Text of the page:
Before proceeding to steps four and five, the ALJ assessed Mr. Sevens’s RFC. The ALJ first summarized Mr. Sevens’s subjective complaints, including his right hand and voice tremors, fatigue, visual problems, imbalance, and cognitive difficulties. (Tr. 22). In assessing the credibility of Mr. Sevens’s subjective complaints, the ALJ employed the problematic boilerplate language that the Fourth Circuit recently determined warranted remand in Mascio v. Colvin, 780 F.3d 632 (4th Cir. 2015). In this case, however, the ALJ’s use of that language does not require remand because the ALJ properly analyzed Mr. Sevens’s credibility elsewhere. Id. at 639 (indicating that an ALJ’s use of the problematic boilerplate would be harmless if he properly analyzed credibility elsewhere). For example, the ALJ found Mr. Sevens’s statement that he is “‘in the process’ of learning to write with his left hand” inconsistent with the fact that “he completed extensive written forms in early 2011 using his left hand that are very legible.” (Tr. 24) (comparing (Tr. 36) with (Tr. 196-203)). In reference to the discrepancies in Mr. Sevens’s reported activities of daily living over time, the ALJ noted that there was “no evidence of significant worsening to support why [Mr. Sevens] is now more limited.” (Tr. 24). Thus, consistent with the Fourth Circuit’s opinion in Mascio, the ALJ explained how he decided which of Mr. Sevens’s statements to believe, and which to discredit. 780 F.3d at 640.
In formulating Mr. Sevens’s RFC, the ALJ also reviewed the medical records and considered all of the opinion evidence in the record. (Tr. 22-25). After summarizing each opinion, the ALJ explained: “[t]he established residual functional capacity is generally consistent with or more restrictive than the medical opinions except for the lifting, postural and environmental restrictions from Dr. Cherry.” (Tr. 24). Although the ALJ did not explicitly articulate an assignment of weight to each medical opinion, it is clear that the ALJ assigned the opinions some, but not controlling, weight. The ALJ went on to provide evidentiary support for his departure from Dr. Cherry’s opinion, and I can readily ascertain how the ALJ arrived at his conclusions concerning Mr. Sevens’s ability to occasionally lift up to 20 pounds and perform handling and fingering. See Mascio, 780 F.3d at 637 (finding remand necessary when the ALJ did not explain the weight he assigned a medical opinion because it left the court to guess about how the ALJ arrived at his conclusions on the claimant’s ability to perform relevant functions). My review of the ALJ’s decision is confined to whether substantial evidence, in the record as it was reviewed by the ALJ, supports the decision and whether correct legal standards were applied. Richardson v. Perales, 402 U.S. 389, 390, 404 (1971). Even if there is other evidence that may support Plaintiff’s position, I am not permitted to reweigh the evidence or to substitute my own judgment for that of the ALJ. Hays v. Sullivan, 907 F.2d 1453, 1456 (4th Cir. 1990). In considering the entire record, I find the ALJ’s RFC determination was supported by substantial evidence.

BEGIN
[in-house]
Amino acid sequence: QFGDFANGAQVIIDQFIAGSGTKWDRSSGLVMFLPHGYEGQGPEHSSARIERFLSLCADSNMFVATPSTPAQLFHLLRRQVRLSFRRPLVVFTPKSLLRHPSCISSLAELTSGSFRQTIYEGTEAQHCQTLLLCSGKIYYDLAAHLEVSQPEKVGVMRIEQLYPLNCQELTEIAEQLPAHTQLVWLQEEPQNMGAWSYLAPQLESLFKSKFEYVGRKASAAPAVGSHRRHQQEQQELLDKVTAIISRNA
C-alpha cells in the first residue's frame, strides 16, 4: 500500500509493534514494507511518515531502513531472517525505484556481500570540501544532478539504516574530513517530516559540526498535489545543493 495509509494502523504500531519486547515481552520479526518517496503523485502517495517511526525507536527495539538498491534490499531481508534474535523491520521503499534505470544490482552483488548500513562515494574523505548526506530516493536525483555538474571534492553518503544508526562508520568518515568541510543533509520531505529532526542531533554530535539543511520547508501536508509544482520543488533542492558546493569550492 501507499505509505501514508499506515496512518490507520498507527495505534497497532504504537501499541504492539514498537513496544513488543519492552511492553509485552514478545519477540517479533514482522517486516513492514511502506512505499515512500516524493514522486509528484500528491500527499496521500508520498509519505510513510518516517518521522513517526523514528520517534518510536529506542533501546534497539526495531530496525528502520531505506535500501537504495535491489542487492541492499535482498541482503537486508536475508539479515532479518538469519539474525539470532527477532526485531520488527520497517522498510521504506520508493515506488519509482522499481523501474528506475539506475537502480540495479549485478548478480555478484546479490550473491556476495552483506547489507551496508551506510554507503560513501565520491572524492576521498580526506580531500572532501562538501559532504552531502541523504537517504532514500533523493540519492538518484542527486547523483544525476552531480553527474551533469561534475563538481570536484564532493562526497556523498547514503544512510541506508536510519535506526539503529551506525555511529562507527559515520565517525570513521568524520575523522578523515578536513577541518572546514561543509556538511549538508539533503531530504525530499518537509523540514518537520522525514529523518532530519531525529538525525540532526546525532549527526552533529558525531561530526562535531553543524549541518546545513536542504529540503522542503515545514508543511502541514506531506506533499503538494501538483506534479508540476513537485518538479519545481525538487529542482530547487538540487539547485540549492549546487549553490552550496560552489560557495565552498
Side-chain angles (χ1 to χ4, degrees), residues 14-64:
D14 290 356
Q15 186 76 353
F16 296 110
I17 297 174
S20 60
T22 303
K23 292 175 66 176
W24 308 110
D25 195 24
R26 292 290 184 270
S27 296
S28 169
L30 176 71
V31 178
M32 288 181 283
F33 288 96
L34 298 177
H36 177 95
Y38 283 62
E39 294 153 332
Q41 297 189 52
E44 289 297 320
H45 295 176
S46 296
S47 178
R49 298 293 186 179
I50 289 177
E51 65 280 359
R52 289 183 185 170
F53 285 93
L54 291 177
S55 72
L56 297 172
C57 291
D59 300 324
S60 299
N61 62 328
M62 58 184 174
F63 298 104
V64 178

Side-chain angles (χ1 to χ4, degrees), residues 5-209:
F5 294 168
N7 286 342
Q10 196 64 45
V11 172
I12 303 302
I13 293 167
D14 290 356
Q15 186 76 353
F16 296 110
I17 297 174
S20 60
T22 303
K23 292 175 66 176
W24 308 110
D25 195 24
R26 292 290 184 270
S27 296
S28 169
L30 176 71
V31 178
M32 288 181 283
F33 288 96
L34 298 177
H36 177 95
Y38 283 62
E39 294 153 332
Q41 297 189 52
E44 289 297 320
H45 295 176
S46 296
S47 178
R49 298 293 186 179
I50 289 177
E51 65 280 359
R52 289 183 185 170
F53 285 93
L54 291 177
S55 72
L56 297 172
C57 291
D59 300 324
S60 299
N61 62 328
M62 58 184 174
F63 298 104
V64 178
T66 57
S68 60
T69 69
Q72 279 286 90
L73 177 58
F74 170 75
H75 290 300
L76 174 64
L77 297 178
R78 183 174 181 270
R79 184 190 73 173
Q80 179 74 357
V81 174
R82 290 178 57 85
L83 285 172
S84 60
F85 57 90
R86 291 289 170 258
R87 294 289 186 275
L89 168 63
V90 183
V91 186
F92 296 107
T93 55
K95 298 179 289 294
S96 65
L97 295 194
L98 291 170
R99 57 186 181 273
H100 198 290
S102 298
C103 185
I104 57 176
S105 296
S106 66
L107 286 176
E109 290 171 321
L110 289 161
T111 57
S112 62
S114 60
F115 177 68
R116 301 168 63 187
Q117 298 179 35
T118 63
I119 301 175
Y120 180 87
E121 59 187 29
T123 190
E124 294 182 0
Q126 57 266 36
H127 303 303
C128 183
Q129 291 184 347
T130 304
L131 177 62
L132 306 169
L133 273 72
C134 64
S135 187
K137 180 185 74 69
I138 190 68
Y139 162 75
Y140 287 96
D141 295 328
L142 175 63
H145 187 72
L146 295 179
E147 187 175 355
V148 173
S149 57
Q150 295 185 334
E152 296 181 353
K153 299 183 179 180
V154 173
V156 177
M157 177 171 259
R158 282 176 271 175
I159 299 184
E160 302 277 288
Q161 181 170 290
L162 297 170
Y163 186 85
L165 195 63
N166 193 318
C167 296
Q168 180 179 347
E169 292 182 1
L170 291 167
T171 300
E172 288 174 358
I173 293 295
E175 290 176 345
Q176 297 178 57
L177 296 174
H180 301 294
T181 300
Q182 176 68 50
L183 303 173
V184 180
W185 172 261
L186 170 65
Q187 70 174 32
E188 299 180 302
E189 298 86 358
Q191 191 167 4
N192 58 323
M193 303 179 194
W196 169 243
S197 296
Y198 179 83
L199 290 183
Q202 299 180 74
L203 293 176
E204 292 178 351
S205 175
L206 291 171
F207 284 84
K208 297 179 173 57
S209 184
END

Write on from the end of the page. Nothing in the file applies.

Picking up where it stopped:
Next, at step four, the ALJ determined that, pursuant to his RFC assessment, Mr. Sevens was unable to perform his past relevant work as a machine operator, paint line operator, door maker, short order cook, dishwasher, or sales clerk. (Tr. 25). Accordingly, the ALJ proceeded to step five, where he considered the impact of Mr. Sevens’s age and level of education on his ability to adjust to new work. (Tr. 25-26). Relying on the Medical-Vocational Guidelines, 20 C.F.R. Pt. 404, Subpt. P, App. 2 § 202.18, the ALJ correctly found that a younger individual with limited or less education and an RFC to perform light work is not disabled per se. (Tr. 25). Since Plaintiff’s RFC assessment contained additional limitations which impeded his ability to perform all or substantially all of the requirements of light work, however, the ALJ asked the VE whether jobs exited in the national economy that were suited to Mr. Sevens’s particular assessment. (Tr. 51-53). The VE testified that a person with Mr. Sevens’s RFC would be capable of performing the job of conveyor line bakery worker. Id. Based on the VE’s testimony, the ALJ concluded that Mr. Sevens is capable of successfully adjusting to other work that exists in significant numbers in the national economy. (Tr. 26). I find that the ALJ’s determination was supported by substantial evidence.
For the reasons set forth herein, Defendant’s Motion for Summary Judgment (ECF No. 20) is GRANTED. The Commissioner’s judgment is AFFIRMED pursuant to sentence four of 42 U.S.C. ...